Is Carol aware that Bob is not a valid target for the Gentle Repose spell (since he isn’t actually dead), either before or after attempting to cast the spell?
From the PHB, p140:
You touch a willing creature and put it into a cataleptic state that is indistinguishable from death. For the spell’s duration… the target appears dead to all outward inspection and to spells used to determine the target’s status. ….
From the PHB, p215:
You touch a corpse or other remains. For the duration, the target is protected from decay and can’t become undead. …
The Circle of Spores Druid feature Fungal Infestation states:
If a beast or humanoid that is Small or Medium dies within 10 feet of you, you can use your reaction to animate it, causing it to stand up immediately with 1 hit point. The creature uses the zombie statistics. It remains animate for 1 hour, after which time it collapses and dies.
Circle of Spore druids also gain access to the Gentle Repose spell, which states:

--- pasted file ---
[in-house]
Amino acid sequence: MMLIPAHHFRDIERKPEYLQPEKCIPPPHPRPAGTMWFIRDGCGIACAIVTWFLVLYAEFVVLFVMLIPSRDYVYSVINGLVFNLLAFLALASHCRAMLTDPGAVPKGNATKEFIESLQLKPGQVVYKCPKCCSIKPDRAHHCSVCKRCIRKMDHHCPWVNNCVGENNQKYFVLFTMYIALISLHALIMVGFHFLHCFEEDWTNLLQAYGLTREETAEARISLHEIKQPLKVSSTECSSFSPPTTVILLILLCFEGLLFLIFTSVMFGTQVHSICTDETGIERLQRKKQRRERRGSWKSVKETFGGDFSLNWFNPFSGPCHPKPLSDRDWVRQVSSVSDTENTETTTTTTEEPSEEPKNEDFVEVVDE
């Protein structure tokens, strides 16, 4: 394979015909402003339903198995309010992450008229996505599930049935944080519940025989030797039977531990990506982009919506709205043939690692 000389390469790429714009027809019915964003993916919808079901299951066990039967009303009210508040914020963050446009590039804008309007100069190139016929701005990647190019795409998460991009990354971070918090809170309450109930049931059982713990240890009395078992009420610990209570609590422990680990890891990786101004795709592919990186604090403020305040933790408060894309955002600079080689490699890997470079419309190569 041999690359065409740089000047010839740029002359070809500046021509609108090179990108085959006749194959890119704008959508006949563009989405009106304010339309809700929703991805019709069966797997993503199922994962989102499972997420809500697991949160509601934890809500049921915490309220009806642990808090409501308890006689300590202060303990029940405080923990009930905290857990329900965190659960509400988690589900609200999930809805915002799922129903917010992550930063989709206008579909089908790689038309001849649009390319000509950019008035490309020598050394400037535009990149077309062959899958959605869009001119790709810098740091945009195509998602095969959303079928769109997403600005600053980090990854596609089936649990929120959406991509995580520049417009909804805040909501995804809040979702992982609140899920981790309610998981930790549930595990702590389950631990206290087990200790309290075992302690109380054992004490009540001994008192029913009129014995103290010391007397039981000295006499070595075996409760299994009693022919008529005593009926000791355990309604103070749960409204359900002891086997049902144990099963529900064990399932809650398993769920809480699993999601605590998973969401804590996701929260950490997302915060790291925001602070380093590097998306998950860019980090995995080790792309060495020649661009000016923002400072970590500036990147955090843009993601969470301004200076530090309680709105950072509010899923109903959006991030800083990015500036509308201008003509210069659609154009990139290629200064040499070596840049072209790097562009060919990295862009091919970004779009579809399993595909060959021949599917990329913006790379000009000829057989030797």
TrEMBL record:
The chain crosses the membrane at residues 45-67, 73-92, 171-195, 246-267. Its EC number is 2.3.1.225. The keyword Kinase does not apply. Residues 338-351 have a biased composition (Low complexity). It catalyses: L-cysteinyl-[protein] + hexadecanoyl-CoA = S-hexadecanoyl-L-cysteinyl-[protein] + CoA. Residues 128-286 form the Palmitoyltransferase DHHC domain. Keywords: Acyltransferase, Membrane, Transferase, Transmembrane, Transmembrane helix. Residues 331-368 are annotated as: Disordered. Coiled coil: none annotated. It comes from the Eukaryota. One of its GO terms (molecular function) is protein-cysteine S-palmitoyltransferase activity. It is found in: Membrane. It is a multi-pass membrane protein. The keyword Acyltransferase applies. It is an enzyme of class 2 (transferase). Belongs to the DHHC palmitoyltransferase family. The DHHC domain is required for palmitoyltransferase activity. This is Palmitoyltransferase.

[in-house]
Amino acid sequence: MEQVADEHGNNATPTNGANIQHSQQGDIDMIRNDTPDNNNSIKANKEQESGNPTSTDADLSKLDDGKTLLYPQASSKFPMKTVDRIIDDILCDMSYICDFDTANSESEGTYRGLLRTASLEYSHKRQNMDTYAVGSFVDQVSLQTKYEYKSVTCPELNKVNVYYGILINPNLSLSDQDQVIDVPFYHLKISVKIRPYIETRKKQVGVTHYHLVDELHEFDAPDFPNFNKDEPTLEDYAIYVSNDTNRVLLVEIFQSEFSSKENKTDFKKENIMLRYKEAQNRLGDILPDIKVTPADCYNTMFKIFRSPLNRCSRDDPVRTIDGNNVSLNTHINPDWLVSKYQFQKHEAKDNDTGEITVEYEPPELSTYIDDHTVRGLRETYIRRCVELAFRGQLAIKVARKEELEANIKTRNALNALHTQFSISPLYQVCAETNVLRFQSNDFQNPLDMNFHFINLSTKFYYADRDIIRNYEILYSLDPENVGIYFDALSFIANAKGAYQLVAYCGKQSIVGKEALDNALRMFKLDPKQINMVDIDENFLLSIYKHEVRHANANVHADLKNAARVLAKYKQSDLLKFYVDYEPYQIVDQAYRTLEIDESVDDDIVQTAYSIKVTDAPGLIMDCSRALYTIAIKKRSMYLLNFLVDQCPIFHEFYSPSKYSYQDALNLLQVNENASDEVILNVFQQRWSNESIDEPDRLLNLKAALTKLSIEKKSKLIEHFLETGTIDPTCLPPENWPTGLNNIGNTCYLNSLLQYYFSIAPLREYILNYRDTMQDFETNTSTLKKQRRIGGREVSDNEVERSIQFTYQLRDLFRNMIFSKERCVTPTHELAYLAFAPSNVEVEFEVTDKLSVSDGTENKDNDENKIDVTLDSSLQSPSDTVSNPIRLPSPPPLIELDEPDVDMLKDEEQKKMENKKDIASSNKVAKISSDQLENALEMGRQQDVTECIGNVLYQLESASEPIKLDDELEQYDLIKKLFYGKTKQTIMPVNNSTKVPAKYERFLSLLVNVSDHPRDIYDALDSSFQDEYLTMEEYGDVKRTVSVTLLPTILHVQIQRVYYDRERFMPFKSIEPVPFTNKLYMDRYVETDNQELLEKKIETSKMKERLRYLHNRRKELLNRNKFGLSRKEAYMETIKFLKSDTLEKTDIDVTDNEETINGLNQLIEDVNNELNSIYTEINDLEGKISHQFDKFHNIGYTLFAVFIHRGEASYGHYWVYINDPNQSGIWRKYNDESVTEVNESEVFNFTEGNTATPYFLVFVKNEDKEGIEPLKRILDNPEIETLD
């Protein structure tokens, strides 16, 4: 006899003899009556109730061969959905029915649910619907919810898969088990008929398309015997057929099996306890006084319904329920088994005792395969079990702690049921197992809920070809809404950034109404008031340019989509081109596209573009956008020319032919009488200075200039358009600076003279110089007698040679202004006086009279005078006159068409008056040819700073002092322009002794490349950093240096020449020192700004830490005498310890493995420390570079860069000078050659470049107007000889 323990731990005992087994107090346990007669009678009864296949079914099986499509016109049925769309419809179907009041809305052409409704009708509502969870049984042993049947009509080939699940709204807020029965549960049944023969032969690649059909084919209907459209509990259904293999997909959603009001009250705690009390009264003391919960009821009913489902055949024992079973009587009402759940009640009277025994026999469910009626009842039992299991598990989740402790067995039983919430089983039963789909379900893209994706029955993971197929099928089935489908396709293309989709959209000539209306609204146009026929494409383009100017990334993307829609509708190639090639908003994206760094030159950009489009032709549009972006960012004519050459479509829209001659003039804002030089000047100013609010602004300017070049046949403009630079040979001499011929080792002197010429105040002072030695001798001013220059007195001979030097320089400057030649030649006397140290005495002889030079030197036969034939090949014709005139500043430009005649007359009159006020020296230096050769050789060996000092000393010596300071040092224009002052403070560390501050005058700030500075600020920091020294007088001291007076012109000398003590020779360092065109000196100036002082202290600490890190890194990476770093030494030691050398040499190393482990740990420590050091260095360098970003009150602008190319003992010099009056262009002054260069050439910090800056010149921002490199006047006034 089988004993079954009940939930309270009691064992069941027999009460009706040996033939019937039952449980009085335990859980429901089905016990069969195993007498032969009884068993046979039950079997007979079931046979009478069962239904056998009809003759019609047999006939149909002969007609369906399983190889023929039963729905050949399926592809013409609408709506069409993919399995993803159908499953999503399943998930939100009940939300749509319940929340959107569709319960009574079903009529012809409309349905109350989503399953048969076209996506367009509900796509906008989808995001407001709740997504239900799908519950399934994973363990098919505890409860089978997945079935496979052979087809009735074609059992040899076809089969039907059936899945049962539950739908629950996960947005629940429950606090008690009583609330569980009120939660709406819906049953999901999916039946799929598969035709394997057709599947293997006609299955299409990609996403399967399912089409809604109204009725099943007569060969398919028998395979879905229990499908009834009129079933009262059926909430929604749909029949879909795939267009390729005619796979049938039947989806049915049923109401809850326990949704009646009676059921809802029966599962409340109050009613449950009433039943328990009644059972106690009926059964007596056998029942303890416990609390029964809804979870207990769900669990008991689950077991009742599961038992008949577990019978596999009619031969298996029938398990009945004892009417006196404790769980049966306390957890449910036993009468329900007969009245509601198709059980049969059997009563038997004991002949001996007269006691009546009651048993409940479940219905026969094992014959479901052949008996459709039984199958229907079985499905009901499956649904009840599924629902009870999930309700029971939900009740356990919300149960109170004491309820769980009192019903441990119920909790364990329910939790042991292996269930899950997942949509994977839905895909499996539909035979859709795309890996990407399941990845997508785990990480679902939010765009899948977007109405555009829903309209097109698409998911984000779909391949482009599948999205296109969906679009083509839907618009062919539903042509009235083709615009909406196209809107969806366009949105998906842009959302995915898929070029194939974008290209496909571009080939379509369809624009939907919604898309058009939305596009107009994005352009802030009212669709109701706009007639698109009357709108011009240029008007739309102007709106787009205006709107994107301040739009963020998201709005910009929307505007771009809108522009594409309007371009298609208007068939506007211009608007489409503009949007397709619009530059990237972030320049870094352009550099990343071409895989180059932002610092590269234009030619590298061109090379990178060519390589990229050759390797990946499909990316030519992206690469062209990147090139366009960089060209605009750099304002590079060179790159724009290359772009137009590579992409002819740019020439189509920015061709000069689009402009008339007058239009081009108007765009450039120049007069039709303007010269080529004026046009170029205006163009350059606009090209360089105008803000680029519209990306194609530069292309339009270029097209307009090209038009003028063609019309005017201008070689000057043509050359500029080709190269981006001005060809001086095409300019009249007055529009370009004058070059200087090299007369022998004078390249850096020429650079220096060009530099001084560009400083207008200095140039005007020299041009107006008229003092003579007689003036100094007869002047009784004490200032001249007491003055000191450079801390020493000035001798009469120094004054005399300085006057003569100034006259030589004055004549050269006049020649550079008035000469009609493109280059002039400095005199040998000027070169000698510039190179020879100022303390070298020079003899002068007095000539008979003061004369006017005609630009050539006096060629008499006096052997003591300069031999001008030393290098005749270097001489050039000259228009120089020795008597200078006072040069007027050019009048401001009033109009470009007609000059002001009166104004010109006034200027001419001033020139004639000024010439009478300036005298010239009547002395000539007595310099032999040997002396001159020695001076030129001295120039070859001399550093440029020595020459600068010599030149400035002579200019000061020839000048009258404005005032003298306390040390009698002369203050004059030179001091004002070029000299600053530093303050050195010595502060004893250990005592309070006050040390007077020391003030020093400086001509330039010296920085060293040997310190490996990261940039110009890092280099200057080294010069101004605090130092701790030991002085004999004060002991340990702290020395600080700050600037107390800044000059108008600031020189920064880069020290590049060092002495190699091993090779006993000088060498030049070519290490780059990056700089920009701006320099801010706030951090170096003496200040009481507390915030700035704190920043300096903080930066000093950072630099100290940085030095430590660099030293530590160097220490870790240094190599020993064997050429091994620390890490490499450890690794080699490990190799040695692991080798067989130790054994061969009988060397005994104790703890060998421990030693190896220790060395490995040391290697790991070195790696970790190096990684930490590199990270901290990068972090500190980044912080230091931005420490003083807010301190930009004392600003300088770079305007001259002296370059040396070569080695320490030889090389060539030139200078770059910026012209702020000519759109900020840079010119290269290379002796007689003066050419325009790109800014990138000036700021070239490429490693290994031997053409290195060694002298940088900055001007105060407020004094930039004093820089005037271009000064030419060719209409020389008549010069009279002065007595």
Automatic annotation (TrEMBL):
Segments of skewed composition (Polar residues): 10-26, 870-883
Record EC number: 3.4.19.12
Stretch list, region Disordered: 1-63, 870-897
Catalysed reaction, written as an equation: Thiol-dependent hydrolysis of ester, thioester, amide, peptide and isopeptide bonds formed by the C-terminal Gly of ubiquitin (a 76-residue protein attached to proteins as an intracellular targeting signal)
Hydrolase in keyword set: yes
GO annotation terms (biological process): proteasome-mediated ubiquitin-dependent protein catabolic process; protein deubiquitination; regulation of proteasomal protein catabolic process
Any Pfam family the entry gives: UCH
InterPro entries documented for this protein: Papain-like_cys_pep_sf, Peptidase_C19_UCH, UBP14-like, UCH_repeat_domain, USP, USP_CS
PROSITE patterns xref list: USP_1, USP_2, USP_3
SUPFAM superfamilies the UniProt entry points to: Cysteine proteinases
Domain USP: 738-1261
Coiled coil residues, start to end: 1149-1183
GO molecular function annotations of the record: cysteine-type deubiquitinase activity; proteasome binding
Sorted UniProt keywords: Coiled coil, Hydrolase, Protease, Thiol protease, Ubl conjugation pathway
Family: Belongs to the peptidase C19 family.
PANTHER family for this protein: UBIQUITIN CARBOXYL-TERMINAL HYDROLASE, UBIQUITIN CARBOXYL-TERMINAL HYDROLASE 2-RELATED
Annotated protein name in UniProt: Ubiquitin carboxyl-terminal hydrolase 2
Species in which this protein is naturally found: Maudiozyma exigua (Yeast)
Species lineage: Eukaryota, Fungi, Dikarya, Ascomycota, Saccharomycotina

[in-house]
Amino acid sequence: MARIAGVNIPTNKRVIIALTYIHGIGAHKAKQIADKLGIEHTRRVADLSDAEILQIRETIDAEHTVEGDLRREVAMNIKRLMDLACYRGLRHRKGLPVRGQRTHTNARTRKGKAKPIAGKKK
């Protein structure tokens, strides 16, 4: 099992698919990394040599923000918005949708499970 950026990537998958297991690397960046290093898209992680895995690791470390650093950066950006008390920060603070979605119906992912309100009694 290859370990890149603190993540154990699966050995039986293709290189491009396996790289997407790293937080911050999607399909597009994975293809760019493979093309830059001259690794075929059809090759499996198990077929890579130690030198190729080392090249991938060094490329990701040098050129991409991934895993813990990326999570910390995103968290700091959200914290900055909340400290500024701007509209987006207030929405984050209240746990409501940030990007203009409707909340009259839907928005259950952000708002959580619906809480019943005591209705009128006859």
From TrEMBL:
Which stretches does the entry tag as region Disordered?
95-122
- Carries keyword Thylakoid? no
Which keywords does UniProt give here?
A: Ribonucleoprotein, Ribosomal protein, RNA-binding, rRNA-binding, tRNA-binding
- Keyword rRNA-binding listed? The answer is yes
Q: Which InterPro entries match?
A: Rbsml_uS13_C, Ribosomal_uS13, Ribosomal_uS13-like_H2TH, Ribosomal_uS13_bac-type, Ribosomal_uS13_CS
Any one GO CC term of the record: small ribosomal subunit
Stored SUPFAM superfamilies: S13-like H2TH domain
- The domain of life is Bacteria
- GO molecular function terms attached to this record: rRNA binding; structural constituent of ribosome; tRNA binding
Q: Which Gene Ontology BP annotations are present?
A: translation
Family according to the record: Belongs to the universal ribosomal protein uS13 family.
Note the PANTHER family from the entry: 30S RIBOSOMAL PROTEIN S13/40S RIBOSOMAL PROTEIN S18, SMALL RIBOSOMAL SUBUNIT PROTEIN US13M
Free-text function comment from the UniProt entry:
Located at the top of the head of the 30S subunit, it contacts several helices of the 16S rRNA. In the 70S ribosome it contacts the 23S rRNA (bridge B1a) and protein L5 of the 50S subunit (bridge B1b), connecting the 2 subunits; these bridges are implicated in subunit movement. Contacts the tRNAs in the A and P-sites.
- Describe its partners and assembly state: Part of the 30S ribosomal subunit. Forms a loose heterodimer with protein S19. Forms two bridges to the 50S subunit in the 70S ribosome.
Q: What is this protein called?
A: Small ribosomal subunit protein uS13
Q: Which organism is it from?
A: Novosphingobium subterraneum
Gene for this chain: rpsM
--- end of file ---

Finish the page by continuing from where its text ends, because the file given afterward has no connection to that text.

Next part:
You touch a corpse or other remains. For the duration, the target is protected from decay and can’t become undead. The spell also effectively extends the time limit on raising the target from the dead, since days spent under the influence of this spell don’t count against the time limit of spells such as raise dead.
There seem to be some good arguments that they cannot work together:
- First, Gentle Repose states the target cannot become undead, which would seem to preclude Gentle Repose working on a fungally infested creature that appears to be in some sense raised from the dead.
- Second, gentle repose states you touch a corpse or other remains – one could argue that using the zombie statistics, the fungally infested entity is neither a corpse or remains, but an undead zombie.
However, there are also some reasonable arguments that they could work together:
- First, the Fungal Infestation does not say that the creature is undead or a zombie, but that it uses the statistics of a zombie, which might leave room for a RAW interpretation that the features could work together (for example, it could be considered a fungally infested corpse or fungally raised remains).
- Second, Gentle Repose says that it extends the time limit of raising the target from the dead and makes reference to spells like Raise Dead, which in flavour are similar to what happens with Fungal Infestation.
RAW can these features work together?
The material components of the gentle repose spell are:
a pinch of salt and one copper piece placed on each of the corpse’s eyes, which must remain there for the duration
The rules for material components (PHB p. 203) state: